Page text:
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February Intel Monthly MVP and March Nominations

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NSE

The Intel Monthly MVP is a community driven award where students around the country can nominate their peers for their outstanding behaviours, activities, achievements and just going above and beyond within gaming and esports.

This February, our MVP is none other than Severige, a current student of UWE and former student of the University of Bristol. Severige was nominated by his peers for the work that he put in to rejuvenate, and by all counts, resurrect the esports section of the University of Bristol's gaming society, and so we wanted to sit down with him to talk about how and why he did it.

So, why did you sign up to be the esports rep at Bristol?

I'm an avid video gamer, and when I joined the University of Bristol's Gaming Society at the start of my second year, I got involved in the esports teams for both Overwatch and Rocket League. I also took part in the society's other events and got to know the committee well. So when applications started to open for the next committee, they were eager to persuade me to apply! But even with that persuasion, I wanted to give back for what the society had given to me for those two years, for providing a platform to get to know other people while playing the games you enjoy the most in an environment that improves your abilities as a competitive team. So there was no better opportunity to do that than to fulfil that role!

What did you do and what were the steps that you took which lead to the success/rebirth of esports at Bristol?

The year was difficult due to the pandemic, with events and socials all moving online. But that didn't hinder the esports activities, and there were, in some ways, benefits from being online. It meant more students were online more often, making communication between myself and the rest of the committee, team captains and players much easier. It also meant students had more free time and were eager to try out esports for the first time, and I felt I was able to make esports more appealing to them as it is much more than just a competition. So for me, the success was brought about by facilitating for new players in organising and maintaining every team through good communication and organisation between myself and each team captain. That started from the forms for team creation, through trials to finalise teams and then on a regular basis during the competition period. We were all passionate about our games and had the experience in organising and improving as teams, and it made those tournament matches some of the best days in a rather tough year.

What motivated you to do this?

I believe esports should be a positive experience that anyone can take part in, and having had that experience myself, I was dedicated to enable that for others. I was also motivated to make that experience the best possible for all so that they can use esports as their break away from stress and to feel they have achieved something as a team, whether it was having fun, beating a rival team or competing well in a tournament.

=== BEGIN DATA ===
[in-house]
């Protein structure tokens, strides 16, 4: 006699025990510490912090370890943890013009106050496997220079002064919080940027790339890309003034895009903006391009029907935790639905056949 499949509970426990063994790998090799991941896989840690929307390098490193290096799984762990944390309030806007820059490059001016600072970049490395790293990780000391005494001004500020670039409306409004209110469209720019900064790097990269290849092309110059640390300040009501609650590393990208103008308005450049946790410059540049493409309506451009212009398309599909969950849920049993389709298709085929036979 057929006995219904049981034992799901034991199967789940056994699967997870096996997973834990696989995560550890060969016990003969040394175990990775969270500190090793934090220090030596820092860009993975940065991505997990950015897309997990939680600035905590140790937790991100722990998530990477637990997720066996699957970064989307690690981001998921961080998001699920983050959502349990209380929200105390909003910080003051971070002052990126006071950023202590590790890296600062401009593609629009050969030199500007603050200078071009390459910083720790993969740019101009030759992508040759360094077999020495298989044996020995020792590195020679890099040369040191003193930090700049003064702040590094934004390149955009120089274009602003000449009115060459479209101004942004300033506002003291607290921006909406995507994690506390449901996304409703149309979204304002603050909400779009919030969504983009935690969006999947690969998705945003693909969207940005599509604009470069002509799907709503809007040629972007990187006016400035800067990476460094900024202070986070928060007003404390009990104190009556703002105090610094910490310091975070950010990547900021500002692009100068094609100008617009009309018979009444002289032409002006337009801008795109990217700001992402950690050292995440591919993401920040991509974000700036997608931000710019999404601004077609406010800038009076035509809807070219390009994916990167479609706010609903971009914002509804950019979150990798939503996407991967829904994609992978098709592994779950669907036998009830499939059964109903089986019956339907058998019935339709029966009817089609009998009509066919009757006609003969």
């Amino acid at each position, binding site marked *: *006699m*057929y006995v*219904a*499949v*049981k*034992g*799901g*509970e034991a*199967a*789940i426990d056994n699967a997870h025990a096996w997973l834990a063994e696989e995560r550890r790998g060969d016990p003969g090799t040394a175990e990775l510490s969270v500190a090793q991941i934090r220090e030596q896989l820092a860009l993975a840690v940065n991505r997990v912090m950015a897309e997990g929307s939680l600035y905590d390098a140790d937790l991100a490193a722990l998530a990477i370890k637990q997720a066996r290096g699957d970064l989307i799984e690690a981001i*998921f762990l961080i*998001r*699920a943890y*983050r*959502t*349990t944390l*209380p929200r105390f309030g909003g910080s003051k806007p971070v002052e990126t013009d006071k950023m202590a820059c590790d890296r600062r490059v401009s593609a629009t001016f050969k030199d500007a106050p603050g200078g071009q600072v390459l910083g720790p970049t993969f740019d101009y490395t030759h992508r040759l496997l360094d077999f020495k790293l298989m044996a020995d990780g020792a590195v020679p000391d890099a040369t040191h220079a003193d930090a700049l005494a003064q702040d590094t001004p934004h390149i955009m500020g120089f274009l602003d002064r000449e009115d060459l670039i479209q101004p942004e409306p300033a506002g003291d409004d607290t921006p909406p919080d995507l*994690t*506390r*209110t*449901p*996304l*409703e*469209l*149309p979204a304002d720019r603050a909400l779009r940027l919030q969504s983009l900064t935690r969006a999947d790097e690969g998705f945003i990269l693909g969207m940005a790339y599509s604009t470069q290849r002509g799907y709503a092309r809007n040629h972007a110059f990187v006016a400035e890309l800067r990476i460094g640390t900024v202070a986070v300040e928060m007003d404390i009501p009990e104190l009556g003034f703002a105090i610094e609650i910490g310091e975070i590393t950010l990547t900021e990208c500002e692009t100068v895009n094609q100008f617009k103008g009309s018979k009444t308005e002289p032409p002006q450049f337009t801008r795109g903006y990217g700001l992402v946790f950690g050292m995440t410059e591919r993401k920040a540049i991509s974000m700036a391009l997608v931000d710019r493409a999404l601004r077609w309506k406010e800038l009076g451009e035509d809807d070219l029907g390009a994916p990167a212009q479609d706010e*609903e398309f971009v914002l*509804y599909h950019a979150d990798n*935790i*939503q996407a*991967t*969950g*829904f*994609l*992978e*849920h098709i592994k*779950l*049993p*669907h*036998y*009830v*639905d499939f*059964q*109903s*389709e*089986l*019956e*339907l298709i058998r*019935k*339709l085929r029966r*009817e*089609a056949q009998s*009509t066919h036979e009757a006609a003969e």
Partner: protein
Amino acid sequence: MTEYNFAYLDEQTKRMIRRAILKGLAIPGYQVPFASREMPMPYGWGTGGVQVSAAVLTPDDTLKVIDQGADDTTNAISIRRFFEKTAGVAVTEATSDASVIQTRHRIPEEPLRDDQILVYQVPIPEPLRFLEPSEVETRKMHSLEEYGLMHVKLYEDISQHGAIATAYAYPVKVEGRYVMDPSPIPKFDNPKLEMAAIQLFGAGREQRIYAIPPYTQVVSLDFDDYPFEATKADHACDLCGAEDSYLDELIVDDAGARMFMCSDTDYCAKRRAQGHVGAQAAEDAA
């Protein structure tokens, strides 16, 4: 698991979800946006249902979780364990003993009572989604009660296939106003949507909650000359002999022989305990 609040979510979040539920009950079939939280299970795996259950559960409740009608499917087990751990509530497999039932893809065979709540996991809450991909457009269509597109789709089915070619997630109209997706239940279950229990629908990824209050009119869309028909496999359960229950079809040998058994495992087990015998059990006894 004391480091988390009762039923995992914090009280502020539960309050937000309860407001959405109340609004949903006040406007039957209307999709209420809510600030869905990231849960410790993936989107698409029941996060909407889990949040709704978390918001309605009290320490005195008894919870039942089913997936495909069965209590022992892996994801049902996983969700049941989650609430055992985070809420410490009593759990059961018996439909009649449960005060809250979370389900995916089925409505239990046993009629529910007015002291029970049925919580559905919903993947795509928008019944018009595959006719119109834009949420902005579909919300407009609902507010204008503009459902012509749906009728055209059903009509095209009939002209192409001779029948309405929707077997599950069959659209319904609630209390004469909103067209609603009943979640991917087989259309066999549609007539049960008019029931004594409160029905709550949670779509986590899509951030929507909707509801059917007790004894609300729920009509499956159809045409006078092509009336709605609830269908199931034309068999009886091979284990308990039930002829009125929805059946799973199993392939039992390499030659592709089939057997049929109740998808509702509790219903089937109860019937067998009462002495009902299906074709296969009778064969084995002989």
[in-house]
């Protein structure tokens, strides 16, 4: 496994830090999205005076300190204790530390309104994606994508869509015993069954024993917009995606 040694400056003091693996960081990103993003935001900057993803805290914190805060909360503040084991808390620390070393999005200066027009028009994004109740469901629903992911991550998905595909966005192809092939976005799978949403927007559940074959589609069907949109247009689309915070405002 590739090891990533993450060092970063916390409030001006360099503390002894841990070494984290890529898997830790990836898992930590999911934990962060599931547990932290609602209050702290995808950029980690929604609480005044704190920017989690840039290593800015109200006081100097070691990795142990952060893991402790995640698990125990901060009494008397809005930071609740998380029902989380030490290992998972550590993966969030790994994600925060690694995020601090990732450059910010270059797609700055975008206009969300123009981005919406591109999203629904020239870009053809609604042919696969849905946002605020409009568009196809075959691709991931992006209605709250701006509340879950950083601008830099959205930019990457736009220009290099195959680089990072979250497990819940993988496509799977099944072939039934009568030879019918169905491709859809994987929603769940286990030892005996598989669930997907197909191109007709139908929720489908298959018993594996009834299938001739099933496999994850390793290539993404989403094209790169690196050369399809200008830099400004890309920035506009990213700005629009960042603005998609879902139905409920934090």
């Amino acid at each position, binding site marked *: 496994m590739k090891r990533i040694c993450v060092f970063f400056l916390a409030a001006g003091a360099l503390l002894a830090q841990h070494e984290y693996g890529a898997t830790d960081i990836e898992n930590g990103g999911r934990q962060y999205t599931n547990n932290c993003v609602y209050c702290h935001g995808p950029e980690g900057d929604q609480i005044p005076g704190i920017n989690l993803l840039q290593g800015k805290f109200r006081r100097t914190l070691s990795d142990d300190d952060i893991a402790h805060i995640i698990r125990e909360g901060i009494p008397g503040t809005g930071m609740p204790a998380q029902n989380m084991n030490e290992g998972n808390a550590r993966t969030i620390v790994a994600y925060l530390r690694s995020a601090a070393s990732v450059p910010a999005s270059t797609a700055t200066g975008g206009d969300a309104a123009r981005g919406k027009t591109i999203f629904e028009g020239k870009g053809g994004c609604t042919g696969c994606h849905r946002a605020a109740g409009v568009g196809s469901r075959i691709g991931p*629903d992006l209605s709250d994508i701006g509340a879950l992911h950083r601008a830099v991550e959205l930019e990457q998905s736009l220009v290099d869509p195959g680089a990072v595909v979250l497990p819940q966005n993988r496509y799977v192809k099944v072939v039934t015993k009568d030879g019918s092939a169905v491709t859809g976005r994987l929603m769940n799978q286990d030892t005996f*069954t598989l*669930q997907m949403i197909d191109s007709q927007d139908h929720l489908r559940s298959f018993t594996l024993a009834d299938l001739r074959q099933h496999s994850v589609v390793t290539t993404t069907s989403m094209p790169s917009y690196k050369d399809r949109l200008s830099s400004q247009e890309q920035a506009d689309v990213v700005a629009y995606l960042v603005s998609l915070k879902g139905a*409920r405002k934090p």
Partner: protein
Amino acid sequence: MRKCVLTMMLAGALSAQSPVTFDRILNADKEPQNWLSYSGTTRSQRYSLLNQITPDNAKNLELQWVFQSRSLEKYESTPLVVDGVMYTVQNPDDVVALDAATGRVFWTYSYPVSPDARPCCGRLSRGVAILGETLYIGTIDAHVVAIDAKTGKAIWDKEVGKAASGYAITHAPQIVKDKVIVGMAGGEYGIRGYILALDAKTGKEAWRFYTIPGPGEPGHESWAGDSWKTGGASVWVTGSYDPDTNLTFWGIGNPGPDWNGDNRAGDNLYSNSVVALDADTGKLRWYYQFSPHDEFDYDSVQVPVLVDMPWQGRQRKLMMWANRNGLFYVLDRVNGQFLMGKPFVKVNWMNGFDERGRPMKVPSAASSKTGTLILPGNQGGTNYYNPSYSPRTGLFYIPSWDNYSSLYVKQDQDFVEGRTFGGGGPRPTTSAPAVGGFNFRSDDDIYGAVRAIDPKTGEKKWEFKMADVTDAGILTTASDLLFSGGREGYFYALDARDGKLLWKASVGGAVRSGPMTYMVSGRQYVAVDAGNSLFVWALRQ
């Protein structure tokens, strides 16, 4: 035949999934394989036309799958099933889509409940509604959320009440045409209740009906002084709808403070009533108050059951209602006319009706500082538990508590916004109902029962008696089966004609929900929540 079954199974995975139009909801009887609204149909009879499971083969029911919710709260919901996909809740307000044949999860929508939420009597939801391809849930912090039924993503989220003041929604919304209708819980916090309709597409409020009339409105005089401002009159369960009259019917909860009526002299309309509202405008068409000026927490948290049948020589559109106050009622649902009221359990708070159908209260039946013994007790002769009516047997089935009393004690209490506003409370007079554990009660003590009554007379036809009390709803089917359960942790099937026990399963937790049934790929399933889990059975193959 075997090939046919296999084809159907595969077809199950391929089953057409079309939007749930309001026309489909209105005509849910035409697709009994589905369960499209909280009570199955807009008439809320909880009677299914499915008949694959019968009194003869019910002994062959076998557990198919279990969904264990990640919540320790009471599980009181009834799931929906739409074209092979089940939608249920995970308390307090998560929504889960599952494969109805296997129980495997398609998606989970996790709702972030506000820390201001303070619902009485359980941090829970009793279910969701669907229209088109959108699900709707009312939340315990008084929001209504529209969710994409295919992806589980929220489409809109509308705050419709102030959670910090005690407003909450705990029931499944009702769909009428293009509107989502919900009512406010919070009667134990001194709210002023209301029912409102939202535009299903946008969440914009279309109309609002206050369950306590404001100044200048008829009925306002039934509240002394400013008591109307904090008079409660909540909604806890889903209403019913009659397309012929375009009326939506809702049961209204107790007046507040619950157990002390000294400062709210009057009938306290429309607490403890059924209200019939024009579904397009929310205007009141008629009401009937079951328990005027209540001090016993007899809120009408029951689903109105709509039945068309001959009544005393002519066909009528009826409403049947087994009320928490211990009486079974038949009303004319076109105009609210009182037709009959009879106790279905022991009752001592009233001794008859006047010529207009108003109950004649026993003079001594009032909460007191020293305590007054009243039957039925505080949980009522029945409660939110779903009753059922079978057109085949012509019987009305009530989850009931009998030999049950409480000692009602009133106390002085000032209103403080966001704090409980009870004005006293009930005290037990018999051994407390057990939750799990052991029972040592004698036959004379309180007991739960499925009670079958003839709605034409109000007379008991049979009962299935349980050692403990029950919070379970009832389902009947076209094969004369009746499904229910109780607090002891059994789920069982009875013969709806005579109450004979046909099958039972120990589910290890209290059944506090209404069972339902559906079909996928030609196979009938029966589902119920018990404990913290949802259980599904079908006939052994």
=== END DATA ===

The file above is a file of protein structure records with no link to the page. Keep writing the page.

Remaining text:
What do you enjoy about esports, what makes you passionate about it?

I've always enjoyed video games, and esports only elevated that for me. I enjoy watching the best players perform, but it also motivates me to improve at my own game. Participating in esports is definitely one of the best places to do that! Esports is also a great way for me to socialise with others that have the same passion for a game, and is a pass time that relieves the stress from other parts of my life. Esports is also a competition, where the achievements, both big and small, from competing have further driven me to keep improving and gives me a sense of self-efficacy that I apply in other parts of my life.

We've been told that you've laid the groundwork for the future of the society and it's future has been ensured for years, what does that mean and how have you done this?

We had a handover period for the next committee, and I had made sure the next esports rep understood what changes can be made to improve the role. That included the process of creating forms for players to fill to show interest, as well as running trials and how to make them more beneficial in selecting teams and being a more social event to get to know others. Those experiences are then be passed down to future representatives so that the society can continue to improve.

Are you managing to still help Bristol whilst studying at UWE, and are you doing similar things for UWE now that you're there?

Sadly, as I'm focused on my degree, I don't have as much time to support Bristol or UWE this year. During the handover, I was supporting the next esports rep at Bristol in answering questions and have helped them with running trials and methods to go about creating teams based off them. But currently, I'm participating in UWE's Rocket League team, and I've helped other players improve at their game as well as get them to know what esports is all about!

 

If you know of somebody who you think is an outstanding member of your community, for any reason, then please, nominate them for March's Intel Monthly MVP award - entries are open now! The winner (like Severige) will be awarded a swag bag of Intel goodies, including an exclusive Intel Monthly MVP pin.

Nominations for March close on Friday 18th March at 11:59pm.

 

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